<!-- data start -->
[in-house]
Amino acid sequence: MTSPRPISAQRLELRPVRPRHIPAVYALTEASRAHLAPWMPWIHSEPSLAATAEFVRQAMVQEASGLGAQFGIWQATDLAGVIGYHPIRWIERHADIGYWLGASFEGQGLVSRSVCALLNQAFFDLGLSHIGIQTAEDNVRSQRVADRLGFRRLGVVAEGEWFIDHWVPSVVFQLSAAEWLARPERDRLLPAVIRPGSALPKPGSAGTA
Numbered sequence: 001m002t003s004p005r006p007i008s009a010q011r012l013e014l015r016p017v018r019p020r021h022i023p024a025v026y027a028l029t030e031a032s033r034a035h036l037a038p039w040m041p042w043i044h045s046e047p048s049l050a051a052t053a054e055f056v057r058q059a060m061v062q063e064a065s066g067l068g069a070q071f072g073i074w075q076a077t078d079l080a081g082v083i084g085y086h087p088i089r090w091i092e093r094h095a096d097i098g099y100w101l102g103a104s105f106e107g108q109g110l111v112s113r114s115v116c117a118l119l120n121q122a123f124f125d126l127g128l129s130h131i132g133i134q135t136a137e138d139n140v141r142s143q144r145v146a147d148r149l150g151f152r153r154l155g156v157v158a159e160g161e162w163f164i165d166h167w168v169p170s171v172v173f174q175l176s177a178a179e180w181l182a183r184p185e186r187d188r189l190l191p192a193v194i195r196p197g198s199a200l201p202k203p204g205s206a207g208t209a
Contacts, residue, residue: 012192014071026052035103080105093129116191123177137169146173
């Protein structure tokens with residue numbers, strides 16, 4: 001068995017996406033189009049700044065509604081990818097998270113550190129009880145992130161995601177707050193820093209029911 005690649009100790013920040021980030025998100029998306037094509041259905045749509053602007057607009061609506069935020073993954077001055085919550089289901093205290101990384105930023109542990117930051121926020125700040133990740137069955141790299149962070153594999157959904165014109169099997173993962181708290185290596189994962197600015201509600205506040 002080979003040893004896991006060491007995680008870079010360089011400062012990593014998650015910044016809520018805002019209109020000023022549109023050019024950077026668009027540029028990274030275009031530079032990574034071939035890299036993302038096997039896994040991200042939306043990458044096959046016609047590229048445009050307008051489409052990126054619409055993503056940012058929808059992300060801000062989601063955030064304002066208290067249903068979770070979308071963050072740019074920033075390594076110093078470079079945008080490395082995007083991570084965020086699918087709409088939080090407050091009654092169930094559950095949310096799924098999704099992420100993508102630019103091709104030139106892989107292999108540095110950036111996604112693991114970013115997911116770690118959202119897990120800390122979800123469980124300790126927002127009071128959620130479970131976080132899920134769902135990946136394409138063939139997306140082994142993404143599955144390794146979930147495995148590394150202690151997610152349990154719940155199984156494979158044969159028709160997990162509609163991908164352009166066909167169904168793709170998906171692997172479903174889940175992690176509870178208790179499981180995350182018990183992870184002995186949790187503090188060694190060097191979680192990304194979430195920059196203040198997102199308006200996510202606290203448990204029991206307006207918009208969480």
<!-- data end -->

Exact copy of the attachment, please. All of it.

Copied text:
[in-house]
Amino acid sequence: MTSPRPISAQRLELRPVRPRHIPAVYALTEASRAHLAPWMPWIHSEPSLAATAEFVRQAMVQEASGLGAQFGIWQATDLAGVIGYHPIRWIERHADIGYWLGASFEGQGLVSRSVCALLNQAFFDLGLSHIGIQTAEDNVRSQRVADRLGFRRLGVVAEGEWFIDHWVPSVVFQLSAAEWLARPERDRLLPAVIRPGSALPKPGSAGTA
Numbered sequence: 001m002t003s004p005r006p007i008s009a010q011r012l013e014l015r016p017v018r019p020r021h022i023p024a025v026y027a028l029t030e031a032s033r034a035h036l037a038p039w040m041p042w043i044h045s046e047p048s049l050a051a052t053a054e055f056v057r058q059a060m061v062q063e064a065s066g067l068g069a070q071f072g073i074w075q076a077t078d079l080a081g082v083i084g085y086h087p088i089r090w091i092e093r094h095a096d097i098g099y100w101l102g103a104s105f106e107g108q109g110l111v112s113r114s115v116c117a118l119l120n121q122a123f124f125d126l127g128l129s130h131i132g133i134q135t136a137e138d139n140v141r142s143q144r145v146a147d148r149l150g151f152r153r154l155g156v157v158a159e160g161e162w163f164i165d166h167w168v169p170s171v172v173f174q175l176s177a178a179e180w181l182a183r184p185e186r187d188r189l190l191p192a193v194i195r196p197g198s199a200l201p202k203p204g205s206a207g208t209a
Contacts, residue, residue: 012192014071026052035103080105093129116191123177137169146173
């Protein structure tokens with residue numbers, strides 16, 4: 001068995017996406033189009049700044065509604081990818097998270113550190129009880145992130161995601177707050193820093209029911 005690649009100790013920040021980030025998100029998306037094509041259905045749509053602007057607009061609506069935020073993954077001055085919550089289901093205290101990384105930023109542990117930051121926020125700040133990740137069955141790299149962070153594999157959904165014109169099997173993962181708290185290596189994962197600015201509600205506040 002080979003040893004896991006060491007995680008870079010360089011400062012990593014998650015910044016809520018805002019209109020000023022549109023050019024950077026668009027540029028990274030275009031530079032990574034071939035890299036993302038096997039896994040991200042939306043990458044096959046016609047590229048445009050307008051489409052990126054619409055993503056940012058929808059992300060801000062989601063955030064304002066208290067249903068979770070979308071963050072740019074920033075390594076110093078470079079945008080490395082995007083991570084965020086699918087709409088939080090407050091009654092169930094559950095949310096799924098999704099992420100993508102630019103091709104030139106892989107292999108540095110950036111996604112693991114970013115997911116770690118959202119897990120800390122979800123469980124300790126927002127009071128959620130479970131976080132899920134769902135990946136394409138063939139997306140082994142993404143599955144390794146979930147495995148590394150202690151997610152349990154719940155199984156494979158044969159028709160997990162509609163991908164352009166066909167169904168793709170998906171692997172479903174889940175992690176509870178208790179499981180995350182018990183992870184002995186949790187503090188060694190060097191979680192990304194979430195920059196203040198997102199308006200996510202606290203448990204029991206307006207918009208969480």